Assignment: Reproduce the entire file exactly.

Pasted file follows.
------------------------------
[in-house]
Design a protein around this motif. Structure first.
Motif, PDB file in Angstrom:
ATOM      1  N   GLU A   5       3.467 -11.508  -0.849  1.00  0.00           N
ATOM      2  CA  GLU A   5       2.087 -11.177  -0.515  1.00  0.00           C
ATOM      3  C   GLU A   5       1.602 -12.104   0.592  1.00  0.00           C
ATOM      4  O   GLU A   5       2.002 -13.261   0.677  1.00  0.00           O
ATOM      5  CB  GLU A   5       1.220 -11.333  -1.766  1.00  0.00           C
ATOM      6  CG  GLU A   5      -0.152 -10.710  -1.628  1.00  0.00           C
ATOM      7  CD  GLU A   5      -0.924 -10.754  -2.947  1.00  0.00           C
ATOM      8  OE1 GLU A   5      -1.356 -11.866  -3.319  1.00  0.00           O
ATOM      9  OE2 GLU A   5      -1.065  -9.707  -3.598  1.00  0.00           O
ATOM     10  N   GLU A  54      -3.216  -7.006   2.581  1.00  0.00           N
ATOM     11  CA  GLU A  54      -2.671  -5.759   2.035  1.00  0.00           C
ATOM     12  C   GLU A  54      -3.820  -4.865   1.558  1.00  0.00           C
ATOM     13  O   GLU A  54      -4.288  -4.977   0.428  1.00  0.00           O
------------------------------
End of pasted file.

[in-house]
Design a protein around this motif. Structure first.
Motif, PDB file in Angstrom:
ATOM      1  N   GLU A   5       3.467 -11.508  -0.849  1.00  0.00           N
ATOM      2  CA  GLU A   5       2.087 -11.177  -0.515  1.00  0.00           C
ATOM      3  C   GLU A   5       1.602 -12.104   0.592  1.00  0.00           C
ATOM      4  O   GLU A   5       2.002 -13.261   0.677  1.00  0.00           O
ATOM      5  CB  GLU A   5       1.220 -11.333  -1.766  1.00  0.00           C
ATOM      6  CG  GLU A   5      -0.152 -10.710  -1.628  1.00  0.00           C
ATOM      7  CD  GLU A   5      -0.924 -10.754  -2.947  1.00  0.00           C
ATOM      8  OE1 GLU A   5      -1.356 -11.866  -3.319  1.00  0.00           O
ATOM      9  OE2 GLU A   5      -1.065  -9.707  -3.598  1.00  0.00           O
ATOM     10  N   GLU A  54      -3.216  -7.006   2.581  1.00  0.00           N
ATOM     11  CA  GLU A  54      -2.671  -5.759   2.035  1.00  0.00           C
ATOM     12  C   GLU A  54      -3.820  -4.865   1.558  1.00  0.00           C
ATOM     13  O   GLU A  54      -4.288  -4.977   0.428  1.00  0.00           O